# Solve this

Question:

If $A=\left[\begin{array}{cc}\cos \theta & i \sin \theta \\ i \sin \theta & \cos \theta\end{array}\right]$, then prove by principle of mathematical induction that

$A^{n}=\left[\begin{array}{cc}\cos n \theta & i \sin \theta \\ i \sin n \theta & \cos n \theta\end{array}\right]$ for all $n \in N$

Solution:

We shall prove the result by the principle of mathematical induction on n.

Step 1: If $n=1$, by definition of integral power of a matrix, we have

$A^{1}=\left[\begin{array}{cc}\cos 1 \theta & i \sin 1 \theta \\ i \sin 1 \theta & \cos 1 \theta\end{array}\right]=\left[\begin{array}{cc}\cos \theta & i \sin \theta \\ i \sin \theta & \cos \theta\end{array}\right]=A$

Thus, the result is true for $n=1$.

Step 2: Let the result be true for $n=m$. Then,

$A^{m}=\left[\begin{array}{cc}\cos m \theta & i \sin m \theta \\ i \sin m \theta & \cos m \theta\end{array}\right]$

$A^{m}=\left[\begin{array}{cc}\cos m \theta & i \sin m \theta \\ i \sin m \theta & \cos m \theta\end{array}\right]$

Now we shall show that the result is true for $n=m+1$. Here,

$A^{m+1}=\left[\begin{array}{ccc}\cos (m+1) \theta & i \sin (m+1) \theta \\ i \sin (m+1) \theta & \cos (m+1) \theta\end{array}\right]$              ...(1)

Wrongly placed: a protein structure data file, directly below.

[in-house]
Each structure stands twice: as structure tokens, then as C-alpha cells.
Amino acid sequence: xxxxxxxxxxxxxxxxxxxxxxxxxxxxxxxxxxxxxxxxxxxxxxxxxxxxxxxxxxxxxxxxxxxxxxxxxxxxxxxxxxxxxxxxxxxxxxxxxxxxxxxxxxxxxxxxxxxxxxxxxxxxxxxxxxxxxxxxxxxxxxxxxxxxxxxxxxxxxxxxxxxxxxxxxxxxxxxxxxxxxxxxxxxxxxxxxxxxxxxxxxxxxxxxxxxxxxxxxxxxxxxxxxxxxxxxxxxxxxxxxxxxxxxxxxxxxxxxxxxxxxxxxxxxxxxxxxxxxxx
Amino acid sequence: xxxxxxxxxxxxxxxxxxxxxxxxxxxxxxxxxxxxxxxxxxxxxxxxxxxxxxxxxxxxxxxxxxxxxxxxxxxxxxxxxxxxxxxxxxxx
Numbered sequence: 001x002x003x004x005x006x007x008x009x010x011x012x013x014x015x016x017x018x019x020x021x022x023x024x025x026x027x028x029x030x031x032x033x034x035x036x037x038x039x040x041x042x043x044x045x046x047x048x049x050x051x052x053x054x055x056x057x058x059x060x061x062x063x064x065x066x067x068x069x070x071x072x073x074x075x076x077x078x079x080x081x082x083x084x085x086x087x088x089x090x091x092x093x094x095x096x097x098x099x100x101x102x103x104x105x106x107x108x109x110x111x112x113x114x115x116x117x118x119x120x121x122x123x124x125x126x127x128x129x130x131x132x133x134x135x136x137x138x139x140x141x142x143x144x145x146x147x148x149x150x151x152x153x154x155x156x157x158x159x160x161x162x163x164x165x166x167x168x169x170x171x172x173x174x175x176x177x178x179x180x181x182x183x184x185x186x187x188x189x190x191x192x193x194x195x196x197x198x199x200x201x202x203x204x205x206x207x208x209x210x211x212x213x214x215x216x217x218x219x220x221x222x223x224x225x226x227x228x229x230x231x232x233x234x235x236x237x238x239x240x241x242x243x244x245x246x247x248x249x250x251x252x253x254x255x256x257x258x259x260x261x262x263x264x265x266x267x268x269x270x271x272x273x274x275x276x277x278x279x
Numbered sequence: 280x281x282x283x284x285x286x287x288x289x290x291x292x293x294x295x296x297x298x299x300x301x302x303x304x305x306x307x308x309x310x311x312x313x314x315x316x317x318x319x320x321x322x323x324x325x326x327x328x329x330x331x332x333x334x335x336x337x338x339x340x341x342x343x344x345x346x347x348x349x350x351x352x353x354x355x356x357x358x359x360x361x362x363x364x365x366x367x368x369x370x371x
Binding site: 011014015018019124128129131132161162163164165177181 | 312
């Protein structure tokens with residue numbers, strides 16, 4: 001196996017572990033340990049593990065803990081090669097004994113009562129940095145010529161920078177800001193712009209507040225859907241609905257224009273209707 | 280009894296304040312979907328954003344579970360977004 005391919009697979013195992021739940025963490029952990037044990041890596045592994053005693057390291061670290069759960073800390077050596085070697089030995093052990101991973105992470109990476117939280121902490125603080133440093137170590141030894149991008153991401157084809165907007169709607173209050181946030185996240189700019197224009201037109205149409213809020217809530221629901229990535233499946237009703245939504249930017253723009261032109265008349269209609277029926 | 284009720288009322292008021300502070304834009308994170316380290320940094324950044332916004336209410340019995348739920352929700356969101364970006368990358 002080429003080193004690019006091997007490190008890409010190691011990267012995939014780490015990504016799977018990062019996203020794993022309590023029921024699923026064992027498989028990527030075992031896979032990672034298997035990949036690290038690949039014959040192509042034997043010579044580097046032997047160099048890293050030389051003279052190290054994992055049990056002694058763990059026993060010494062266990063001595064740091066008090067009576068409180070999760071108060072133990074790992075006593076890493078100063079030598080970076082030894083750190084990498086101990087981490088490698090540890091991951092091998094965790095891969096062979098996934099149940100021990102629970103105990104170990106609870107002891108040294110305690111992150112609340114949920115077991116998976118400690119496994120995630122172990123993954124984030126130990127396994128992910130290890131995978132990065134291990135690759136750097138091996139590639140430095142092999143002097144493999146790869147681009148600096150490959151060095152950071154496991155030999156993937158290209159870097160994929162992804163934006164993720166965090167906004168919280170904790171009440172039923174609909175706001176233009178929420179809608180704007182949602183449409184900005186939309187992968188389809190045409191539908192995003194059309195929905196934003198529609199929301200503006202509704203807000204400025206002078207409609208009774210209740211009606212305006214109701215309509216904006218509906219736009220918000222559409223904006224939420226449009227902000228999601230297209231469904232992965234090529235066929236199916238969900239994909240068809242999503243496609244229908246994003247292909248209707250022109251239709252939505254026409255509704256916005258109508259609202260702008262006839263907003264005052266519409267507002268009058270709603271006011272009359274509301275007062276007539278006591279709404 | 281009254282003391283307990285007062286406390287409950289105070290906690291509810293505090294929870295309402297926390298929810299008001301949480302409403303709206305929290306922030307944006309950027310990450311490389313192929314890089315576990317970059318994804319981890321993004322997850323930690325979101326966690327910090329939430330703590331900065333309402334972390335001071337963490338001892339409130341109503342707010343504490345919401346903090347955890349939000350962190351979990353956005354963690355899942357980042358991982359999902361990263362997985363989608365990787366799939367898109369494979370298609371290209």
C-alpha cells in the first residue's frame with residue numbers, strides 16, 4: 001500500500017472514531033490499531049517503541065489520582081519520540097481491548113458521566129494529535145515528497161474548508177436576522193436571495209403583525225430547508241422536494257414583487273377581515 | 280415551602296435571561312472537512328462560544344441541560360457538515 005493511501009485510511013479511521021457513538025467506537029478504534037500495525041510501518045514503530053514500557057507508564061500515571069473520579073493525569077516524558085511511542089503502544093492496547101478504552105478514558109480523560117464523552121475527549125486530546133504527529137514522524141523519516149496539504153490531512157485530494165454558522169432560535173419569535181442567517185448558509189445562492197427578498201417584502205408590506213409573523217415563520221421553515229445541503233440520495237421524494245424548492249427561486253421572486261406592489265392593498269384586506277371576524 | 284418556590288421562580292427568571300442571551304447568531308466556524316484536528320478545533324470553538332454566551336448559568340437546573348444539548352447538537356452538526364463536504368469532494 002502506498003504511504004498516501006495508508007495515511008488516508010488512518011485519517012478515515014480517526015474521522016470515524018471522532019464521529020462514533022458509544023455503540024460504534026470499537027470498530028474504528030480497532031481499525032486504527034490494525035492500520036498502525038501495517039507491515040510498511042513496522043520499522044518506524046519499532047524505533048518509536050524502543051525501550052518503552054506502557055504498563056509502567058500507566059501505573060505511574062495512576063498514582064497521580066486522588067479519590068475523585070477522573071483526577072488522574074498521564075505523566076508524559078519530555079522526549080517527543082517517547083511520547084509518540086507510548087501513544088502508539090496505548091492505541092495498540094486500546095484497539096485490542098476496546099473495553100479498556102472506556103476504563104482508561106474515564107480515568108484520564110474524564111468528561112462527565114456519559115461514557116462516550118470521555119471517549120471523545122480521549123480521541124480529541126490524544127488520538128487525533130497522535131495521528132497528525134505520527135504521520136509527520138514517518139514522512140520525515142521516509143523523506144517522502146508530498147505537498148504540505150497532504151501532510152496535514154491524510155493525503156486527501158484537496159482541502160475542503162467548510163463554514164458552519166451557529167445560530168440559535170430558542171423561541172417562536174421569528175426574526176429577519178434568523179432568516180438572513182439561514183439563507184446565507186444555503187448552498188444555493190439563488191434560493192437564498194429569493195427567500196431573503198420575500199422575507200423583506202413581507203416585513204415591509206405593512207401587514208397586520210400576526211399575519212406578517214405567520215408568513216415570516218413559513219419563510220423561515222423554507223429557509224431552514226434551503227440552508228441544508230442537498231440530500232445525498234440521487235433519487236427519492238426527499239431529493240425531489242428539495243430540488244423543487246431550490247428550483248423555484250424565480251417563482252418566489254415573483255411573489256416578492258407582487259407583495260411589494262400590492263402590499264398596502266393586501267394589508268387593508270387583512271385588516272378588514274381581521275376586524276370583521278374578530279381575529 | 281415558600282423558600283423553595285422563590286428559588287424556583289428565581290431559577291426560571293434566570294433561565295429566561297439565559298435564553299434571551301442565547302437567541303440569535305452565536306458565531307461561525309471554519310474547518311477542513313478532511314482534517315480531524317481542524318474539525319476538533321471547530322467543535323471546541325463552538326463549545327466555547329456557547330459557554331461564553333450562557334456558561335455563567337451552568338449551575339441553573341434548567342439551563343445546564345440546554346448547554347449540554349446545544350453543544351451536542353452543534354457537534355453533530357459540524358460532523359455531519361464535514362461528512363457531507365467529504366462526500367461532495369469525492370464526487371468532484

By definition of integral power of matrix, we have

$A^{m+1}=A^{m} A$

$\Rightarrow A^{m+1}=\left[\begin{array}{cc}\cos m \theta & i \sin m \theta \\ i \sin m \theta & \cos m \theta\end{array}\right]\left[\begin{array}{cc}\cos \theta & i \sin \theta \\ i \sin \theta & \cos \theta\end{array}\right]$                [From eq. (1)]

$\Rightarrow A^{m+1}=\left[\begin{array}{ccc}\cos m \theta \cdot \cos \theta+i \sin m \theta \cdot i \sin \theta & \cos m \theta \cdot i \sin \theta+i \sin m \theta \cdot \cos \theta \\ i \sin m \theta \cdot \cos \theta+\cos m \theta \cdot i \sin \theta & i \sin m \theta \cdot i \sin \theta+\cos m \theta \cdot \cos \theta\end{array}\right]$

$\Rightarrow A^{m+1}=\left[\begin{array}{ccc}\cos m \theta \cdot \cos \theta-\sin m \theta \cdot \sin \theta & i(\cos m \theta \cdot \sin \theta+\sin m \theta \cdot \cos \theta) \\ i(\sin m \theta \cdot \cos \theta+\cos m \theta \sin \theta) & -\sin m \theta \cdot \sin \theta+\cos m \theta \cdot \cos \theta\end{array}\right]$

$\Rightarrow A^{m+1}=\left[\begin{array}{cc}\cos m \theta \cdot \cos \theta-\sin m \theta \cdot \sin \theta & i(\cos m \theta \cdot \sin \theta+\sin m \theta \cdot \cos \theta) \\ i(\sin m \theta \cdot \cos \theta+\cos m \theta \sin \theta) & \cos m \theta \cdot \cos \theta-\sin m \theta \cdot \sin \theta\end{array}\right]$

$\Rightarrow A^{m+1}=\left[\begin{array}{cc}\cos (m \theta+\theta) & i \sin (m \theta+\theta) \\ i \sin (m \theta+\theta) & \cos (m \theta+\theta)\end{array}\right]$

$\Rightarrow A^{m+1}=\left[\begin{array}{cc}\cos (m+1) \theta & i \sin (m+1) \theta \\ i \sin (m+1) \theta & \cos (m+1) \theta\end{array}\right]$

This shows that when the result is true for $n=m$, it is true for $n=m+1$. Hence, by the principle of mathematical induction, the result is valid for all $\mathrm{n} \in N$.

Disclaimer: $n$ is missing before $\theta$ in $a_{12}$ in $A^{n}$.